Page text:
Patients who have open-heart surgery in the afternoon may fare better than those who have surgery in the morning because the body's circadian rhythm may be better able to help the heart heal later in the day, according to a study in The Lancet.
According to STAT News, the study is the latest in a growing body of work indicating that time of day can affect the efficacy of medical treatments, including multiple studies showing that vaccines and cancer treatments could be affected by what time of the day the treatment is administered.
For the study, researchers assessed 596 patients who had a heart valve replacement, with half undergoing morning surgeries and half undergoing afternoon surgeries. The researchers found that by the 500th day post-surgery:
- 54 out of the 298 patients who had morning surgeries had adverse effects during recovery; and
- 28 out of the 298 patients who had afternoon surgeries had adverse effects during recovery.
The researchers determined that patients undergoing surgery in the afternoon had roughly half the risk of complications compared with patients who had surgery in the morning. Overall, the researchers estimated that for every 11 patients who received afternoon surgeries, one major event—such as a myocardial infarction or acute heart failure—could be avoided.
The researchers also conducted a randomized controlled trial assessing 88 patients who all received the same surgical procedure, with half of them having it in the morning and the other half in the afternoon. In that assessment, the researchers found that the people who had afternoon surgeries had lower levels of tissue damage called myocardial ischaemia-reperfusion injuries—which experts say could lead to a higher chance of short- or long-term mortality—than those who had surgery in the morning.
The researchers then examined tissue samples from a subgroup of 30 patients in randomized trial. When the researchers imitated the process of the heart refilling with blood, as would happen at the end of the heart surgery, they found that tissue from patients who had afternoon surgeries regained its ability to contract more quickly than did tissue from those who had morning surgeries. They also found that almost 300 genes varied in how they expressed themselves in heart tissue over the course of a day, which the researchers said may explain why heart tissue varies in its ability to heal based on time of day.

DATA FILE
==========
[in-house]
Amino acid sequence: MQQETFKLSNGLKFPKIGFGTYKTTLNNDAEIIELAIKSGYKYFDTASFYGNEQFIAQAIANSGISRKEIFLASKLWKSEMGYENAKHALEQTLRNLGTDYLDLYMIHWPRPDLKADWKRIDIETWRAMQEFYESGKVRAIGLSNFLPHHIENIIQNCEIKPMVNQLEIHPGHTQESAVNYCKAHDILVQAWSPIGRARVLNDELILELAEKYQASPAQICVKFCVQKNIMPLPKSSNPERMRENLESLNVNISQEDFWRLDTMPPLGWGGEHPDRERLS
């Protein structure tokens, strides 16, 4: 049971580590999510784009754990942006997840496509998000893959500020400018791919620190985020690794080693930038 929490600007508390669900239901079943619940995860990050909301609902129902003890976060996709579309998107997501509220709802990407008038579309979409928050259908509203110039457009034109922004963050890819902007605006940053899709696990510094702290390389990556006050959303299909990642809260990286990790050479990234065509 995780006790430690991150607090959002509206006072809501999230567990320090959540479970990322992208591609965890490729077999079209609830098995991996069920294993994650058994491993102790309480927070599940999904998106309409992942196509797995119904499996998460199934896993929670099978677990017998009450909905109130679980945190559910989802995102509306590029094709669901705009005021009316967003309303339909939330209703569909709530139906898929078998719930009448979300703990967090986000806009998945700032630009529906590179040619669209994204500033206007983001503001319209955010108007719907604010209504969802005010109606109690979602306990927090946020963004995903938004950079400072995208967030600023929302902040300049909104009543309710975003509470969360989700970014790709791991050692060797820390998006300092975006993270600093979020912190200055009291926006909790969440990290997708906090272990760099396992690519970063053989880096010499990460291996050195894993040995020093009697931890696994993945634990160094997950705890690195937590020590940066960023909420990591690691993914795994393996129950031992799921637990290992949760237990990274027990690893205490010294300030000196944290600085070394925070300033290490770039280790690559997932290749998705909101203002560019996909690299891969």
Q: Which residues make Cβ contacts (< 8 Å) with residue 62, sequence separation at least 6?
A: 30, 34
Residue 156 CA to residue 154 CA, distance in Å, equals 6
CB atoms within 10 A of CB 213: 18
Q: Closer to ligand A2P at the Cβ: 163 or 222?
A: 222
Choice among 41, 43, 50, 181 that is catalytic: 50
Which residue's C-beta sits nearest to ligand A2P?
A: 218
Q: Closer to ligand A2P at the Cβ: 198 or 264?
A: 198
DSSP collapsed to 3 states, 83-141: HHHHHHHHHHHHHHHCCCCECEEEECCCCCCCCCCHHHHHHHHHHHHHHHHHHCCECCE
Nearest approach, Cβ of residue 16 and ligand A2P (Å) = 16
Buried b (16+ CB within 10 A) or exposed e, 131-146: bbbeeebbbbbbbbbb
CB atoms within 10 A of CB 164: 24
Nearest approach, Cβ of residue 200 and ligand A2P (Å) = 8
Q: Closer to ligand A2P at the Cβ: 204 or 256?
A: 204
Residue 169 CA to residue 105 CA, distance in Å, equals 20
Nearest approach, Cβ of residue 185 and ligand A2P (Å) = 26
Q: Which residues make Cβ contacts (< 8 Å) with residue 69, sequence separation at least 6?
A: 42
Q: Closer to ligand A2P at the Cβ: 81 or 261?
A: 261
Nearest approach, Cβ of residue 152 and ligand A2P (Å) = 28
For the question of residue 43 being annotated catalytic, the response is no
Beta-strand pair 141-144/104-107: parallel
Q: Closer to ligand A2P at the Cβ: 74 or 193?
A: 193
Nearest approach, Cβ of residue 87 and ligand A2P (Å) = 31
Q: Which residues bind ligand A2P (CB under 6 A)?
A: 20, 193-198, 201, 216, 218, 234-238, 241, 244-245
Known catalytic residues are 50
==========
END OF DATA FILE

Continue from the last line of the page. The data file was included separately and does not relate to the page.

In turn, the researchers conducted a final test to see if they could make heart tissue heal as it does in the afternoon at different points of the day. For the test, the researchers selected the Rev-Erbα gene, which expresses itself substantially more in the morning than in the afternoon, and studied how mouse hearts reacted when the gene was removed or blocked. The researchers found when the gene was removed or blocked, mice who had morning surgeries recovered with fewer side effects than usual.
David Montaigne, the lead author on the study and a professor at the University of Lille-France, said the findings show that scheduling afternoon surgeries could lower the patient's risk of injury or death during recovery. "There are few other surgical options to reduce the risk of post-surgery heart damage, meaning new techniques to protect patients are needed," he said. "Our findings suggest this is because part of the biological mechanism behind the damage is affected by a person's circadian clock and the underlying genes that control it."
Bart Staels, a study author and professor at the University of Lille-France, suggested the findings might propel the development of gene-modulating drugs to aid heart recovery. "One could imagine, quite rapidly, a pharmacological approach that could basically wipe out the effects between morning and afternoon," he said.
That said, Staels said, as of now, it is "totally impossible to abandon surgery in the morning." And while patients should not be deterred from having the "life-saving" surgery, Staels recommended that if providers "can identify patients at highest risk, they will definitely benefit from being pushed into the afternoon and that would be reasonable."
In an editorial accompanying the study, cardiologists Thomas Bochaton and Michel Ovize, both of the Hôpital Louis Pradel, issued a similar recommendation, stating, "Even before we have drugs available to regulate the circadian clock, one might propose that high-risk patients should preferentially be operated on in the afternoon" (Blau, STAT News, 10/26; Gallagher, BBC, 10/27).
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